The findings, presented today at the 229th national meeting of the American Chemical Society, the world's largest scientific society, suggest that closer regulation of the tattoo industry may be warranted, according to the researchers.
Although inks used in tattoos are subject to regulation by the U.S. Food and Drug Administration as cosmetics and color additives, the agency has not traditionally regulated them, letting the task fall to local jurisdictions, according to a fact sheet issued by the FDA Office of Cosmetics and Colors http://www.cfsan.fda.gov/~dms/cos-204.html. This effectively gives a tattoo artist license to inject whatever he or she deems appropriate under the skin, according to the researchers.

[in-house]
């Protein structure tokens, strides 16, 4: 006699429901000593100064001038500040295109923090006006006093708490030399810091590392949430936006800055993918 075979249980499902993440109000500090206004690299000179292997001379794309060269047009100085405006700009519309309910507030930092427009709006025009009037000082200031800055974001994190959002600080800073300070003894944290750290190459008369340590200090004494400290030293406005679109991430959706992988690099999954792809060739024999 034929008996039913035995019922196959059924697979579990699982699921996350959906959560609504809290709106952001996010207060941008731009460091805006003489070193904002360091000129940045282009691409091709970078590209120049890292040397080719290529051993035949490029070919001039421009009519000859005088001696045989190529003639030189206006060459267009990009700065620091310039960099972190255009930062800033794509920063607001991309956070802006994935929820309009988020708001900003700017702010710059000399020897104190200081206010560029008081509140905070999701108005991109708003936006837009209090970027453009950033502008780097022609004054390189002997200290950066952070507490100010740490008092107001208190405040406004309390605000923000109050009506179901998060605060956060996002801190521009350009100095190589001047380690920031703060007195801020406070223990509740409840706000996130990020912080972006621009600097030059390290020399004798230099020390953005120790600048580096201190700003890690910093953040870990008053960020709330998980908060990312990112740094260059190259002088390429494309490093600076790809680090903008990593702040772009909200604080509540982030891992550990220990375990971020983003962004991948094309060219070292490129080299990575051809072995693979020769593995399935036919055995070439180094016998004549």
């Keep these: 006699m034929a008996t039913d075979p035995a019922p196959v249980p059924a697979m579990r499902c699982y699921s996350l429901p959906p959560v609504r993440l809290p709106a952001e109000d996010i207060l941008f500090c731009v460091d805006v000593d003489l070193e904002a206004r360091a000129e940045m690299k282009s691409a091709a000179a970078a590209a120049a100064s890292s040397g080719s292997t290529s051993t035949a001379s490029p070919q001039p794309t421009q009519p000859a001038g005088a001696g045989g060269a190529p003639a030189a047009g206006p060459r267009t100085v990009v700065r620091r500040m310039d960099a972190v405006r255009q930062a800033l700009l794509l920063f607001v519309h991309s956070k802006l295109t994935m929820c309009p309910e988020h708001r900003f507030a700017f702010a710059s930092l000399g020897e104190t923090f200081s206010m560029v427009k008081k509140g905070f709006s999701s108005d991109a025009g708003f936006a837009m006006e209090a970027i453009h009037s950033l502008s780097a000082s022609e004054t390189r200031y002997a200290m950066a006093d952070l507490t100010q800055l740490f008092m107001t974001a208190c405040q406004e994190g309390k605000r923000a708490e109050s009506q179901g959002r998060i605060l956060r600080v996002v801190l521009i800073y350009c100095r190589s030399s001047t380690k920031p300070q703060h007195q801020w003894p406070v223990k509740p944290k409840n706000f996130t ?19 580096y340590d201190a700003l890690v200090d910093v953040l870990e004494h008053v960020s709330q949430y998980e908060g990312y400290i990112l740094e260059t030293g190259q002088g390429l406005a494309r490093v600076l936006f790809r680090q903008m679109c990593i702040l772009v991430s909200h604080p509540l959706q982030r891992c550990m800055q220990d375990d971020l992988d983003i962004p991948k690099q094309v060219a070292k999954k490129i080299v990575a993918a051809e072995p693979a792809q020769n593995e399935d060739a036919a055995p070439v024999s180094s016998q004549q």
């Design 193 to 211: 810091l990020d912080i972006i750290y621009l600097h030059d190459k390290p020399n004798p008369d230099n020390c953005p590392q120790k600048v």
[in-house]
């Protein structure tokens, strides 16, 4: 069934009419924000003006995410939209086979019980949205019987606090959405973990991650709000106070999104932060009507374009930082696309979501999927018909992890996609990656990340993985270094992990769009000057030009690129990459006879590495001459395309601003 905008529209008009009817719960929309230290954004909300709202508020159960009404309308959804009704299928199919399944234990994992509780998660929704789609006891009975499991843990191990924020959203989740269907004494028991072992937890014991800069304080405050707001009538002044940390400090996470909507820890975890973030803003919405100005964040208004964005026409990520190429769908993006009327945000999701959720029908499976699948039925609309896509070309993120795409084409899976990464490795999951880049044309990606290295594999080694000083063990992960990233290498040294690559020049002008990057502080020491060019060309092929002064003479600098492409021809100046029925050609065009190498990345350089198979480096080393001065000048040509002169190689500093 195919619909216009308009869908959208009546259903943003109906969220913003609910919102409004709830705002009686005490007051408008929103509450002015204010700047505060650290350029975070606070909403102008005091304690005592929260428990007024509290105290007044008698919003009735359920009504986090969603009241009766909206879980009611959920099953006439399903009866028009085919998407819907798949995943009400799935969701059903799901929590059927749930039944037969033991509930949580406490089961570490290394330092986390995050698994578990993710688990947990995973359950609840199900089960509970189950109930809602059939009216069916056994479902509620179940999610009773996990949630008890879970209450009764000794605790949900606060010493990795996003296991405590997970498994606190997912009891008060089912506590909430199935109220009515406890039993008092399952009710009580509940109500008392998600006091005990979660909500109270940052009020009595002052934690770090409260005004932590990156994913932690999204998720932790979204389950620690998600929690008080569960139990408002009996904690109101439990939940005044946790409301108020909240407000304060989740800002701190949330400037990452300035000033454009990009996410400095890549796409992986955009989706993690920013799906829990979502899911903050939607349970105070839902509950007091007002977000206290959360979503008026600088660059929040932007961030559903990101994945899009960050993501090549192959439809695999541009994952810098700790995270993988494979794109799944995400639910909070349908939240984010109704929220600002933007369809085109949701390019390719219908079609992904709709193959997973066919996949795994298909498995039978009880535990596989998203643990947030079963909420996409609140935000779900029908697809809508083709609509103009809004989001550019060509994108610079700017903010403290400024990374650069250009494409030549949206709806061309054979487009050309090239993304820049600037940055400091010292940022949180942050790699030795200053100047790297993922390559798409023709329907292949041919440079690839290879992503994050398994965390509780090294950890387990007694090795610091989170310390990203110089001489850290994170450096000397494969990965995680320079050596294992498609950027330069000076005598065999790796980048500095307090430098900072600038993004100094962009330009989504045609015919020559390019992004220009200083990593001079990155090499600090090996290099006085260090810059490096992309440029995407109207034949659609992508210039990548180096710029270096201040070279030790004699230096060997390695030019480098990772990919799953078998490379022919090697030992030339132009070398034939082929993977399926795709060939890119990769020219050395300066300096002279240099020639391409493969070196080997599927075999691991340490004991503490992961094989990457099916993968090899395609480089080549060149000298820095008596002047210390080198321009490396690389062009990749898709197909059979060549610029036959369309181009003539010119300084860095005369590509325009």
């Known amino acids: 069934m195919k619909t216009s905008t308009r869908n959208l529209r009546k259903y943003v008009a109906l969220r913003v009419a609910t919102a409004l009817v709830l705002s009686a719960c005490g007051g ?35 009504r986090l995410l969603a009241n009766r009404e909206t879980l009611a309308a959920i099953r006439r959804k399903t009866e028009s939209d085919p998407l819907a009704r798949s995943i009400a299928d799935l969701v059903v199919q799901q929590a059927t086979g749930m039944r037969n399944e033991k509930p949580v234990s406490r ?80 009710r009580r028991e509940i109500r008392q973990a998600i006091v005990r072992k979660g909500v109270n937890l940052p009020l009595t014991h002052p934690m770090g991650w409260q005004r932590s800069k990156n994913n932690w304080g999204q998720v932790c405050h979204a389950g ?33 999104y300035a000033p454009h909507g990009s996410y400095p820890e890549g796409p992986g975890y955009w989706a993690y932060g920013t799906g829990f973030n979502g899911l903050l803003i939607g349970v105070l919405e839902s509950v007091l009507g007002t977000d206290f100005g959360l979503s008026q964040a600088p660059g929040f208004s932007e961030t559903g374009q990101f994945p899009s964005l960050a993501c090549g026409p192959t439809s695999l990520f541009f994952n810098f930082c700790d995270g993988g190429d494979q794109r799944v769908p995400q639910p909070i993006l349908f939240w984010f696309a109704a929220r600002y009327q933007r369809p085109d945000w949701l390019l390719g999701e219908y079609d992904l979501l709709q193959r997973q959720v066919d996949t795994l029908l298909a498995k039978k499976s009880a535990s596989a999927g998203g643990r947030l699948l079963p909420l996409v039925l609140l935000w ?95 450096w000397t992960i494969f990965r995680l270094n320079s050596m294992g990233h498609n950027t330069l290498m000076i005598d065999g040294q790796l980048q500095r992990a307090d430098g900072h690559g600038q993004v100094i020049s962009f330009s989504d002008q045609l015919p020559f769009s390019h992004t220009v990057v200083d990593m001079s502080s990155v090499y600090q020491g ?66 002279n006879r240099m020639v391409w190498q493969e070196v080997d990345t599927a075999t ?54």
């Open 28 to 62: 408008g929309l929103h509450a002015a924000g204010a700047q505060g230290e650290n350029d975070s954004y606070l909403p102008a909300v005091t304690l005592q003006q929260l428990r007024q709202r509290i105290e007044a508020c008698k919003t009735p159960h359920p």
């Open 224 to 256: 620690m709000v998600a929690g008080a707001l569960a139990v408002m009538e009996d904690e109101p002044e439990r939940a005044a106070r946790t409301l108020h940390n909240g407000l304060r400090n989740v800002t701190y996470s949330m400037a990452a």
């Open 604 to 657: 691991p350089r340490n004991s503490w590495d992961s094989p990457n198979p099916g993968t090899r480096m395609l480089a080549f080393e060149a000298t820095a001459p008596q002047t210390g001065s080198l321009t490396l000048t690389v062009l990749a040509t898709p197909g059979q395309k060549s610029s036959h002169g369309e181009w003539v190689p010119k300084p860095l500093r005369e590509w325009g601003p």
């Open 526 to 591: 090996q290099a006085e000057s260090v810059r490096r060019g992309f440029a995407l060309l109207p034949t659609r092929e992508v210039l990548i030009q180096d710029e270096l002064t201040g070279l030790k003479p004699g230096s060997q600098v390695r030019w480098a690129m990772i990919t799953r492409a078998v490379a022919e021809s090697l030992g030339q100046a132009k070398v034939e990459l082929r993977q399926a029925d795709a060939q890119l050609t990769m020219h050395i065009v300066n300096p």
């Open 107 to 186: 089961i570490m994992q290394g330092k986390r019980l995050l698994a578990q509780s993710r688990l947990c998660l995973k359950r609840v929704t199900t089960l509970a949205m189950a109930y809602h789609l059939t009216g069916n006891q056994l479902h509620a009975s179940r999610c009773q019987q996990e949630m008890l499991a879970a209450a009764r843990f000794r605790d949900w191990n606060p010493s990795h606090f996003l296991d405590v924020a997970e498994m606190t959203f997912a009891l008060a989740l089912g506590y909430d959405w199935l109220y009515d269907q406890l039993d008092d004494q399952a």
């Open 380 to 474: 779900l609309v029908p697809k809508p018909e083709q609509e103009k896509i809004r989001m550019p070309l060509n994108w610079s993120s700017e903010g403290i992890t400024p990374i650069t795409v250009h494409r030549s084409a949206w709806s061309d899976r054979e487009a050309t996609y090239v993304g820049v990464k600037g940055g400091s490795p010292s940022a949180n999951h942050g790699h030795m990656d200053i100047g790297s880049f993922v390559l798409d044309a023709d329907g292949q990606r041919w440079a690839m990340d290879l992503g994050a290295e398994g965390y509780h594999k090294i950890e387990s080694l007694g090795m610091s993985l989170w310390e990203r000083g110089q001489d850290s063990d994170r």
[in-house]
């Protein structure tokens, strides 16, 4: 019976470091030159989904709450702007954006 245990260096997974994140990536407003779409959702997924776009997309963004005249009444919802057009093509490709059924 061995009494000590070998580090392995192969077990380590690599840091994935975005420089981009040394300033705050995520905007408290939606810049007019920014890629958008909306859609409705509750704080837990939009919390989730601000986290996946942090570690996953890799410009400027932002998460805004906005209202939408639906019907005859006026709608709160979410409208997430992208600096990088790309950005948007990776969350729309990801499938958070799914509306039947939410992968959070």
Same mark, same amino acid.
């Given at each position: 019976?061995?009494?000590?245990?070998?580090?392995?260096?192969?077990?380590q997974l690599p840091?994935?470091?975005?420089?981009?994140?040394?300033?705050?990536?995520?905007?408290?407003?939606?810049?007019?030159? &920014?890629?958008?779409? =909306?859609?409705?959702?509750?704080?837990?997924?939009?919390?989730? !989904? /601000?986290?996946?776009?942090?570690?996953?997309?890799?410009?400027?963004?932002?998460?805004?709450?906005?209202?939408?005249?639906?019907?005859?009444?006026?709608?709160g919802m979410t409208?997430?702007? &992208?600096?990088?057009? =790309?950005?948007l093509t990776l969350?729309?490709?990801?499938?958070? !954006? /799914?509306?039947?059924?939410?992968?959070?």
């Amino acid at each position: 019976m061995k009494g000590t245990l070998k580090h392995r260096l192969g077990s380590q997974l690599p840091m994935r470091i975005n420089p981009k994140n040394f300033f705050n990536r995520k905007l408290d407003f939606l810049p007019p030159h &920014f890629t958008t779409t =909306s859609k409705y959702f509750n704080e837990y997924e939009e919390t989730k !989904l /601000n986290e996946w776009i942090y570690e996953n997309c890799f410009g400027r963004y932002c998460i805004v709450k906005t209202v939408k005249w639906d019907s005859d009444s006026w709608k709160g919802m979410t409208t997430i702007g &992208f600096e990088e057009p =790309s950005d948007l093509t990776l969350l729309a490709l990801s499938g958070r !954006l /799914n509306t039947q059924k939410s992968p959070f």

"Tattoos are no longer limited to the rough and rowdy," says Haley Finley-Jones, an undergraduate chemistry student and lead author of the study. "With the growing popularity of tattoos among young people, it is vital that we develop a better understanding of this form of self expression."
The new research a joint effort between Finley-Jones and Leslie Wagner as part of an undergraduate research project directed by Jani Ingram, a professor of chemistry at NAU has two main goals: to characterize the diversity of tattoo inks, and to determine if any inks pose health threats in the form of heavy metals or other potentially dangerous chemicals.
Overall, the study covers 17 inks from five different manufacturers. "We chose to study five different brands of black ink as it is the most common color used in tattoos," Finley-Jo